Kevin Myers: Wind is a waste of capital -- but at least it makes the Greens feel good
Has Germany gone mad? It does this every now and then, you know. The saga of the cucumbers is grim, but it will, however, pass.
However, what are we to make of Chancellor Merkel's decision to phase out nuclear power? What virtuous energy will now drive the factories of Europe's industrial behemoth? Kites? Wind-chimes? Some Bach motets, maybe?
Merkel proposes spending fortunes seeking some new green miracle technology. Now, I dislike using cliche images about Germany, because it's both simplistic and it alienates German readers (and we have a few). But there's one great example where a German leader ignored a practical but advanced technology in preference for some future hypothetical one. In October 1942, Hitler ordered priority to be given to the V2 rocket, and largely ignored the Messerschmitt 262 jet fighter. Why? Because the V2 was the future! The V2 was clean! The V2 was unstoppable! But most of all, the V2 appealed to his emotions. And so the V2 -- which, per unit, was about 50pc more expensive than the Me262 -- was put into production.
That single decision cost Germany the war in the west. Had Hitler put the same resources into making Me262s, the allies would soon have been swept from the skies of Europe, and there would have been no Normandy landings in 1944. Instead, he put his faith in the almost useless V2, which managed to kill just two British civilians per launch. Yet it seemed such a good idea at the time, no?
Emotion is the enemy of wisdom. And so Germany's decision to close down its nuclear programme is an abject surrender to post-Fukushima hysteria, for the Baltic is as likely to suffer from a tsunami as it is to become a wheat field. And actually, the real lesson of Fukushima is how sturdy it proved to be, even after its seawall defences were overwhelmed. For no one died because of it, unlike Germany's dodgy cucumbers: total death toll so far, 24.
Let's deal with some facts. Germany's nuclear stations constitute 15.7pc of total theoretical capacity, while wind constitutes 17.3pc. But in terms of actual generation, nuclear produces 22pc of power, and wind produces, wait for it, just 6.2pc. Yes, SIX PER CENT, around one-third of its own potential. So the hard truth is that Germany must either generate its own energy, using fuel of some kind or other, or it must import largely nuclear energy from France. Those are the only options.
Alas, Merkel's madness will probably feed into the neutralist and sanctimoniously green mindset of liberal Ireland. This thrives on the childish notion that is it possible to have electrical power without either a price or a risk. All we need is windmills, and then all will be well. No it won't. Has last winter taught our chattering classes nothing? The coldest December in history was also the most windless. How did you stay warm last Christmas? Wind-power? Or fossil fuel? So now tell us why you love wind.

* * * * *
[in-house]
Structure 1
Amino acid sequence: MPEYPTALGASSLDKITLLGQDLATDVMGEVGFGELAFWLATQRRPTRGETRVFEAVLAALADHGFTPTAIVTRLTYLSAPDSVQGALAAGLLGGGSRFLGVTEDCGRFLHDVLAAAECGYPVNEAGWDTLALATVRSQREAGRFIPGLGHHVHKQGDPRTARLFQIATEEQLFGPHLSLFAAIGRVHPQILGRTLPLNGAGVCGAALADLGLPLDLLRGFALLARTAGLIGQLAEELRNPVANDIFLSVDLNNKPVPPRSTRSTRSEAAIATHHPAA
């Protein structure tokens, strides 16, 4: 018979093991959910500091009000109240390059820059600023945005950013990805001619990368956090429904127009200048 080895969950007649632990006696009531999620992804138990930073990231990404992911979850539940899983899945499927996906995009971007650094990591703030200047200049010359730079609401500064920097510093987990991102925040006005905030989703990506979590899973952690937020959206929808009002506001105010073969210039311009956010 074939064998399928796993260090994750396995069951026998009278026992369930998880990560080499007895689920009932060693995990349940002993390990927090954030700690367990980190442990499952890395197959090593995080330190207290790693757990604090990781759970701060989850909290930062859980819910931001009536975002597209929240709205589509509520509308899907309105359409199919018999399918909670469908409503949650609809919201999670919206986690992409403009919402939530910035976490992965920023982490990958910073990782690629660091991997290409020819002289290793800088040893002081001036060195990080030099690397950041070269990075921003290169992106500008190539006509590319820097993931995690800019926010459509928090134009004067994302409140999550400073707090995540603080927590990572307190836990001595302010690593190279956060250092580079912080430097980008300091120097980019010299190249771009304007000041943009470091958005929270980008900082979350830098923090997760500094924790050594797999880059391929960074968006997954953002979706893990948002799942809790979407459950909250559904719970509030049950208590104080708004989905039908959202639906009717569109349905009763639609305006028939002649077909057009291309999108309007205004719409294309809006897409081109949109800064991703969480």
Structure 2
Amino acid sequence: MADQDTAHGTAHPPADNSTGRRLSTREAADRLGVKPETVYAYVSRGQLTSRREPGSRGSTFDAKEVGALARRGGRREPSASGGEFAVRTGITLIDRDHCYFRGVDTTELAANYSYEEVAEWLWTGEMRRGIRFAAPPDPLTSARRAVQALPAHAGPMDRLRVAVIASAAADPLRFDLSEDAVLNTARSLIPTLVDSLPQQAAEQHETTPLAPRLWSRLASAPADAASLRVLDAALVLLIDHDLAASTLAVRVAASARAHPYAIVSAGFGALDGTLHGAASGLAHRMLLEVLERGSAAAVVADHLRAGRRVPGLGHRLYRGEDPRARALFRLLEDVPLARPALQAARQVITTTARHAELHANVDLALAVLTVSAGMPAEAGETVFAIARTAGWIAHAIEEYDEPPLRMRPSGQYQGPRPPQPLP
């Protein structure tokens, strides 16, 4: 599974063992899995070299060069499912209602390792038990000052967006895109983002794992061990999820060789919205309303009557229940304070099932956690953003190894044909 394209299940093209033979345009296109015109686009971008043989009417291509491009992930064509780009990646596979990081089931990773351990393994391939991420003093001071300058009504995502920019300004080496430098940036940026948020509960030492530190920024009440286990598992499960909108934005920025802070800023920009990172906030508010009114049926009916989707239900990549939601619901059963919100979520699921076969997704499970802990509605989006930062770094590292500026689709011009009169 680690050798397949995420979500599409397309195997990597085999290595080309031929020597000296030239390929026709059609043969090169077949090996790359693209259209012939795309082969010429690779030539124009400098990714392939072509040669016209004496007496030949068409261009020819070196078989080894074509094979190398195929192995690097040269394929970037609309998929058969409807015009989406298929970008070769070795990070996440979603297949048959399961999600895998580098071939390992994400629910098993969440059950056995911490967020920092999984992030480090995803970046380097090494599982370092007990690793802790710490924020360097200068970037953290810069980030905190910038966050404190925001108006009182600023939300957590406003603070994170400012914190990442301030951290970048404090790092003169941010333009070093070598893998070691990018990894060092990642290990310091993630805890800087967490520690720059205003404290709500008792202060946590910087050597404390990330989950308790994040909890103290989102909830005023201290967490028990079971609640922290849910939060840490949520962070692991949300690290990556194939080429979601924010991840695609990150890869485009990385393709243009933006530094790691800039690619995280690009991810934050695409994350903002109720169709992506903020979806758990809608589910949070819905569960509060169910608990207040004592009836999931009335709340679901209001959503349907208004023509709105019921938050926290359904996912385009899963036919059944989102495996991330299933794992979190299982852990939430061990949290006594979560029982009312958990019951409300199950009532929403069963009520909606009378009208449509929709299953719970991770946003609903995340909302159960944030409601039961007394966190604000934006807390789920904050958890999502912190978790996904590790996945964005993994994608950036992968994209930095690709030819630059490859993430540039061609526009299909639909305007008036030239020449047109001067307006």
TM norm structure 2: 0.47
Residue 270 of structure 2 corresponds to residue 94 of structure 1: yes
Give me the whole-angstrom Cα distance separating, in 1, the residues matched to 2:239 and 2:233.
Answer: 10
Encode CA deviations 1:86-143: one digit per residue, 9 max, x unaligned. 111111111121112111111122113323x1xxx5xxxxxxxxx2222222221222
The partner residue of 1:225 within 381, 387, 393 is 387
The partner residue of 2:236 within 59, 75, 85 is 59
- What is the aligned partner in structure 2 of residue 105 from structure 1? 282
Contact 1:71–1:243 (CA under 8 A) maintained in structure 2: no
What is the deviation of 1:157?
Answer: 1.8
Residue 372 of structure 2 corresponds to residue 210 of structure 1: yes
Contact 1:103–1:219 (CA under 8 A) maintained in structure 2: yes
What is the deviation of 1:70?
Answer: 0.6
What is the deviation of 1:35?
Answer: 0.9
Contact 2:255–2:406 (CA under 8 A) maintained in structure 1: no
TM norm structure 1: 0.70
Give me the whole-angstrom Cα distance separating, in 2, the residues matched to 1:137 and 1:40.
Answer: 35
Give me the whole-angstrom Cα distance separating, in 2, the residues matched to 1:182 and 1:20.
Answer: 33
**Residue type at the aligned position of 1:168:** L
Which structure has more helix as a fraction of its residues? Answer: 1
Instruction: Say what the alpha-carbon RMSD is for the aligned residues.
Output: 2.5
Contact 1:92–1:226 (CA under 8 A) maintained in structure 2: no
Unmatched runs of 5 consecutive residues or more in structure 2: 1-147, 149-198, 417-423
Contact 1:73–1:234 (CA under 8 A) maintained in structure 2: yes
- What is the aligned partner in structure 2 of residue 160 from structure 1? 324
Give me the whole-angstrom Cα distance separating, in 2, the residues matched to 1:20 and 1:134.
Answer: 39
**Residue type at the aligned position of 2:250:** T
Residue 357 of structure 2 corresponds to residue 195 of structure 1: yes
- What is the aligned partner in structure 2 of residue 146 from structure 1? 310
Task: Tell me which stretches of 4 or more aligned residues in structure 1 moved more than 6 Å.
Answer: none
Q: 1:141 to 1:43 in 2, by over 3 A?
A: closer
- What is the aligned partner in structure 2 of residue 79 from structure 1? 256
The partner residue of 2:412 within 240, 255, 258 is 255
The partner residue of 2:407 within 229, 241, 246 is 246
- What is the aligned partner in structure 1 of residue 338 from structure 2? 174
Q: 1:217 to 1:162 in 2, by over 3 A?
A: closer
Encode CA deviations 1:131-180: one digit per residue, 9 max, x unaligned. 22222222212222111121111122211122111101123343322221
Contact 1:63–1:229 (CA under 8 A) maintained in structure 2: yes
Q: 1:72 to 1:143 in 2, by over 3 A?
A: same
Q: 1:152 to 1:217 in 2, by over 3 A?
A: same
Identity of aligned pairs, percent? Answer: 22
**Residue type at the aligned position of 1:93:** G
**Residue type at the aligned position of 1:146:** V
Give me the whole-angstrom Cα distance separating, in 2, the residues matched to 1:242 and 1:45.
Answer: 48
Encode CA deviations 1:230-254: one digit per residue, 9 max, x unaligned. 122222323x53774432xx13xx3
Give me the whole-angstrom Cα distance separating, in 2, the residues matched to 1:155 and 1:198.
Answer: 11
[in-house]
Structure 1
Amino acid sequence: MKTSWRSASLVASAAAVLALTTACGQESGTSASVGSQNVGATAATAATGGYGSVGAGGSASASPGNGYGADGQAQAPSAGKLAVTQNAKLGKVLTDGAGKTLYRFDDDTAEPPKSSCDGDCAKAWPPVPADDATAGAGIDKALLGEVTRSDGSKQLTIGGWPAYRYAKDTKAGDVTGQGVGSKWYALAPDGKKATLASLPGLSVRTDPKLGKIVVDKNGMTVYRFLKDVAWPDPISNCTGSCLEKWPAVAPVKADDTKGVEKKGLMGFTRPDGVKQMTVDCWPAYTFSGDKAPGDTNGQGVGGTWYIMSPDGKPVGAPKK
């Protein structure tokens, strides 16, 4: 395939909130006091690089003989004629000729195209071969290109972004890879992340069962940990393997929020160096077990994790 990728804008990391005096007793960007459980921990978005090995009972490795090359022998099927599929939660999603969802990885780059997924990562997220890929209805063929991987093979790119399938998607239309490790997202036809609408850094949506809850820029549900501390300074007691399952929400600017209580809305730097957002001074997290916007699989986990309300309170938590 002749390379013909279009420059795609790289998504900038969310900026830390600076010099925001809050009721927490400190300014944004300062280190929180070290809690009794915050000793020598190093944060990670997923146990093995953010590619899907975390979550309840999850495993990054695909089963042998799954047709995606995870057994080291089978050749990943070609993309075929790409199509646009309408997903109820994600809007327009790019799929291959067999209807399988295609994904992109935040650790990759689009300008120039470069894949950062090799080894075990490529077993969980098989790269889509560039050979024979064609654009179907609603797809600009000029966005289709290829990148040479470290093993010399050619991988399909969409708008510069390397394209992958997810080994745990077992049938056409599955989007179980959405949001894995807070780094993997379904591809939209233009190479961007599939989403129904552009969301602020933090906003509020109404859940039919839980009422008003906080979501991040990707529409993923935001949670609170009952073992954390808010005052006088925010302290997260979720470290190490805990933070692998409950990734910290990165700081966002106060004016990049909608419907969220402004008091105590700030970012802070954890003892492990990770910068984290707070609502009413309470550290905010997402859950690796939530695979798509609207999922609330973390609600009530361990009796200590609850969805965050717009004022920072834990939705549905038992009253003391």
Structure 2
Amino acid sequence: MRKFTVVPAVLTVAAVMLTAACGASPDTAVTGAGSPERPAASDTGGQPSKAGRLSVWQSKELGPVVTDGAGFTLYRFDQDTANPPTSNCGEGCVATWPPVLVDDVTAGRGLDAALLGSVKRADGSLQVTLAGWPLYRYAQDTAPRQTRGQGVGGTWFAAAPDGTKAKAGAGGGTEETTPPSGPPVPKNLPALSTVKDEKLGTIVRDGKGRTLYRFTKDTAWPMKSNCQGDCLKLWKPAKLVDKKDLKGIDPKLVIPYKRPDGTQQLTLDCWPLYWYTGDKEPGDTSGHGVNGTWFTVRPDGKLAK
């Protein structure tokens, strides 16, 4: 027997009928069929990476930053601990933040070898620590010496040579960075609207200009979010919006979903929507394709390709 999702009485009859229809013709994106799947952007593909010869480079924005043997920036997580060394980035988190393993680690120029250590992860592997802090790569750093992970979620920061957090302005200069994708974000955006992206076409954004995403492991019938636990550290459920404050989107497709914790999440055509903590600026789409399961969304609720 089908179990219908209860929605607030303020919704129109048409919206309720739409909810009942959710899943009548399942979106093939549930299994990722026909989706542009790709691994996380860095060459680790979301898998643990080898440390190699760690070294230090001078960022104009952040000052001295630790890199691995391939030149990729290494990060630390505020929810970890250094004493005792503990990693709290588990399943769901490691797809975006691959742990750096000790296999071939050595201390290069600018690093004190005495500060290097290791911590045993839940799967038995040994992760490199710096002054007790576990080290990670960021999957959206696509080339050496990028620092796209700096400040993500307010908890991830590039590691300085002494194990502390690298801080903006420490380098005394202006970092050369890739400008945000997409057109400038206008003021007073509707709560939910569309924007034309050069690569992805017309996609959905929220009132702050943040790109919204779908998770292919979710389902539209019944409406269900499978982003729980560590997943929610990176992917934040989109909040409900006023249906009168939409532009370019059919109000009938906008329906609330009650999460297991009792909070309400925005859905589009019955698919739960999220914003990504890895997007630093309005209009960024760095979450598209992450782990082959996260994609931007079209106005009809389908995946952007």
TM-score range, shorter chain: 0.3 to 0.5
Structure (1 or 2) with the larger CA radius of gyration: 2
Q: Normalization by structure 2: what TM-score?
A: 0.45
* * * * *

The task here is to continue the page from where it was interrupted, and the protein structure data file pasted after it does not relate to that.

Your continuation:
But we have the sea, goes the refrain. We do indeed: and still not a single BThU in view. Which doesn't prevent Peter Coyle of the Marine Renewables Industry Association (MRIA) claiming: "We have the capacity to generate multiples of our national need, which leaves us with the potential to export."
Dear me. The MRIA is blithely boasting about our capacity to export something that doesn't even yet exist. Which is rather like the blithering nonsense that we heard recently, that the Government should nationalise our oil resources, "worth 10 billion barrels", even though absolutely no commercial oil has been found. With this kind of economics, the nation's wealth is assessed according to the king's brilliant but wholly imaginary robes.
Even the bright can be fairly dim on this subject. Professor John Fitzgerald of the ERSI is against nuclear power. His objections are: 1) nuclear plants are too big, 2) onshore wind makes it unnecessary, 3) the public are against them.
One and two are simply wrong. 1) India's Kaiga nuclear plant is precisely the size that we need: around 220 megawatts. Ireland's peak demand is for 6,500 megawatts, so a few Kaigas would do us nicely, thank you. 2) Every single erg, watt, joule and dyne produced by onshore wind will have to have an equivalent back-up of fuel-generated energy. Around 22pc of our present "capacity" to create electricity is wind-powered, but as in Germany, wind is so unreliable that it actually only generates 11pc. The rest must still come from fuel, conventional or nuclear. As for 3) "public opinion": ah yes, abject populism trumping reality once again. The old ones are always the best.
To conclude: wind power ALWAYS requires duplication, even when the wind is blowing, because standby generators must cover for wind fluctuations and sudden calms. But when they're not blowing at all, as they weren't last winter, then it's back to full-time, fuel-based power once more. Wind is therefore a shocking waste of capital, but at least it makes the Greens feels good: and isn't feeling good what the eco-movement is primarily about? Yet since all renewables will always, always, always need fuel-based power to back them up, what is your alternative to be? Coal? Oil? Gas? Nuclear? Dead cold old folk? Take your pick.